You talk about "accidental Humanity" and seem to think it's incongruous with Sorcerer for some reason.  I couldn't disagree more.  There's almost nothing more emotionally provocative than seeing a hated character stay in the game though totally undeserving of it, and I wrote Charnel Gods to facilitate that.

- Scott

*  whoops...cross-posted with Ron.
Logged
Jaik
Member

Posts: 49


« Reply #25 on: April 26, 2004, 07:31:44 PM »

Just a small note, Johnny Ringo and the line about him are from "Tombstone".  I love that movie.  How about looking at Wyatt and Doc as Sorcerer characters?  Doc seems much like a hard-hearted, sarcastic, kill-you-for-lookin'-at-him character, but has a twist that makes him one of the most sympathetic characters in the movie, while Wyatt is almost the inverse, beginning with lots of connections and relationships and codes and at the end, he basically rides all over the West killing people in cold blood.
Logged

For the love of all that is good, play the game straight at least once before you start screwing with it.

-Vincent

Aaron
redwalker
Member

Posts: 54


« Reply #26 on: April 26, 2004, 09:30:15 PM »

Quote from: Ron Edwards





What won't work is the adolescent pseudo-character that you don't see as a primary protagonist in movies, novels, short stories, and plays: the "I'm sooo bad and sooo cold, no one messes with me" fantasy of black-clad lethality. These characters are observed only as cautionary characters, the kind which demonstrate where the protagonist will end up if he doesn't behave differently. Johnny Ringo is an excellent example.

It is a classic developmental process for a young author: making up slit-eyed assassins who care for no one, kill anyone, sneer at everyone, and punish those who dis them. It is, as I say, an adolescent fantasy (and not in the literary sense of the term), and people grow out of it - if they don't, the stories have no interest for anyone besides the author.


Well, those kinds of characters show up in nonfiction.

Charles Whitman: ex-Marine, shot lots of civilians from the clocktower of the University of Texas at Austin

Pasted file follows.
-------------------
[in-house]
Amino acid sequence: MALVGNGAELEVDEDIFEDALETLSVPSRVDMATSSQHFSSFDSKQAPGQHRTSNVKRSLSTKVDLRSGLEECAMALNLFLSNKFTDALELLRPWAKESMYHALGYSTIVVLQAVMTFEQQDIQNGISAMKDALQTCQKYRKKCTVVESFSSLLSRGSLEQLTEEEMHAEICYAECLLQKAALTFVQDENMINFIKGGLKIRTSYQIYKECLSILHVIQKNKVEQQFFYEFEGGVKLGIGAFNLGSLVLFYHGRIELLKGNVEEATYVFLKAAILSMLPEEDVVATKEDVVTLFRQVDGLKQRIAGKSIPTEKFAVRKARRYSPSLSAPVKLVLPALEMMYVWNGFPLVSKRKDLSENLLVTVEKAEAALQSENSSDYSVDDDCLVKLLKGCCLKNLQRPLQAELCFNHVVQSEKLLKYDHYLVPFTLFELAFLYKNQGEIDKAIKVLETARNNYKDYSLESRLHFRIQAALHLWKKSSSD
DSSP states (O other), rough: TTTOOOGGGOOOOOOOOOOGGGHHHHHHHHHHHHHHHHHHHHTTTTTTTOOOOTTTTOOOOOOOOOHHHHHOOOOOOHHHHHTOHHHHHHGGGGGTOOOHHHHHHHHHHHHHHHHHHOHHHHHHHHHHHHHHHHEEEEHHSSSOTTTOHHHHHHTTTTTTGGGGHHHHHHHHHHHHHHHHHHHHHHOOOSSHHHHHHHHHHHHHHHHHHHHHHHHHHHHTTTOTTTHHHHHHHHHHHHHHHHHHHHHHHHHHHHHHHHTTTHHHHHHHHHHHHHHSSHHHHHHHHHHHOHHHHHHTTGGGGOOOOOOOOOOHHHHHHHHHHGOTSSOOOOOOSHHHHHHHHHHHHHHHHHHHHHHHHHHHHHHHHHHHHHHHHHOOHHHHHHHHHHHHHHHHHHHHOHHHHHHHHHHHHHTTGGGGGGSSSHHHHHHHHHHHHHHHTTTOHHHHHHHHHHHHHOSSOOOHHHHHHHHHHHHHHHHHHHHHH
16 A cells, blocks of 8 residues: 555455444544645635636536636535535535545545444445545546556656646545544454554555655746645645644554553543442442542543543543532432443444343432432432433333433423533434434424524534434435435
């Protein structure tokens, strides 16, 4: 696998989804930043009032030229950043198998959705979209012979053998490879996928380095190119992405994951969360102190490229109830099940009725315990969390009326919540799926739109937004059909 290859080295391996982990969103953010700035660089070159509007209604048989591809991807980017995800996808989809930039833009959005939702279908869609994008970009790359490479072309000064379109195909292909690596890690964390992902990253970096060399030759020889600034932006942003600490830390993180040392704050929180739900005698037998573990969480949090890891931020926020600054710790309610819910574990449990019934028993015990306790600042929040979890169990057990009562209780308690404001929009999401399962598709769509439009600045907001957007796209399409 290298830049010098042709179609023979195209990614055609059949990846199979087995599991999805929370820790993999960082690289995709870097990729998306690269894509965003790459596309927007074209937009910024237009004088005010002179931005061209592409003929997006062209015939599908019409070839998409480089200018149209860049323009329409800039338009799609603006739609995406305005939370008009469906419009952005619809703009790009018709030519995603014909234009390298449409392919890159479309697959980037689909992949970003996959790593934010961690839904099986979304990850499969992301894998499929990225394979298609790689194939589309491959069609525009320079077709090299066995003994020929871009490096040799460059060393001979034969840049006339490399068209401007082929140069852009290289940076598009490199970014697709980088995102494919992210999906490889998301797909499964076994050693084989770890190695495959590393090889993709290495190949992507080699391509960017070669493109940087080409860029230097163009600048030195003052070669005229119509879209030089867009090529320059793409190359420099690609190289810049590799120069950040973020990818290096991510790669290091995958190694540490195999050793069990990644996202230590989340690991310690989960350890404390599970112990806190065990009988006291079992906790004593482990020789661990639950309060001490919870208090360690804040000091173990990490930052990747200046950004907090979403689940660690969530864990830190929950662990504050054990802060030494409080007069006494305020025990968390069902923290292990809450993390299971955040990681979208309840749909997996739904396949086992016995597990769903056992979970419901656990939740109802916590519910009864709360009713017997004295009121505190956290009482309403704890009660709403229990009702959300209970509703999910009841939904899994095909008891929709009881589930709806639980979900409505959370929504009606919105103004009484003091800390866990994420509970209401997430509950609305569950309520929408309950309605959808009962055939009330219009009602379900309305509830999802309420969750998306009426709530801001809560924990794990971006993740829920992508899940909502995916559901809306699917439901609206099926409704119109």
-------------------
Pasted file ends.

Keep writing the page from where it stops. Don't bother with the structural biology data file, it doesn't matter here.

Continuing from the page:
Pol Pot: nicest guy you could ever meet, charming as heck, convinced his fellow citizens to kill 25% of the population.  Shortly before his death, possibly from poison an possibly from old age, he was still convinced of his innocence and asked an interviewer, "Do you think I did these things because I was a cruel person?"

John Brown: charismatic terrorist who contributed to the American Civil War.  He was so persuasive that several of his numerous children raided Harper's Ferry alongside him rather than being sent off to continue the family name.

The list goes on.

Maybe the inhuman killer makes bad literature, but he's *all* *over* the real-life stories of history.  Maybe we tend to forget the facts of history because it makes bad literature.

Stories of zero-empathy killlers may have no literary value, but they are an increasingly common description of real life.  I don't think zero-empathy killers see themselves as very important -- they're usually willing to die for their ideals.  And they usually see themselves as very threatened.

None of these men can compromise their principles.  They have already been pushed to the last wall, and their principles are all they have.  They kill brutally because their principles have already taken over the black hole where their empathy ought to be.  There's no point making them into Sorcerer characters because a good Sorcerer character should have various levels of transgressions that he can make, and the story should be about him deciding which transgressions are worth less than the power he will get in return.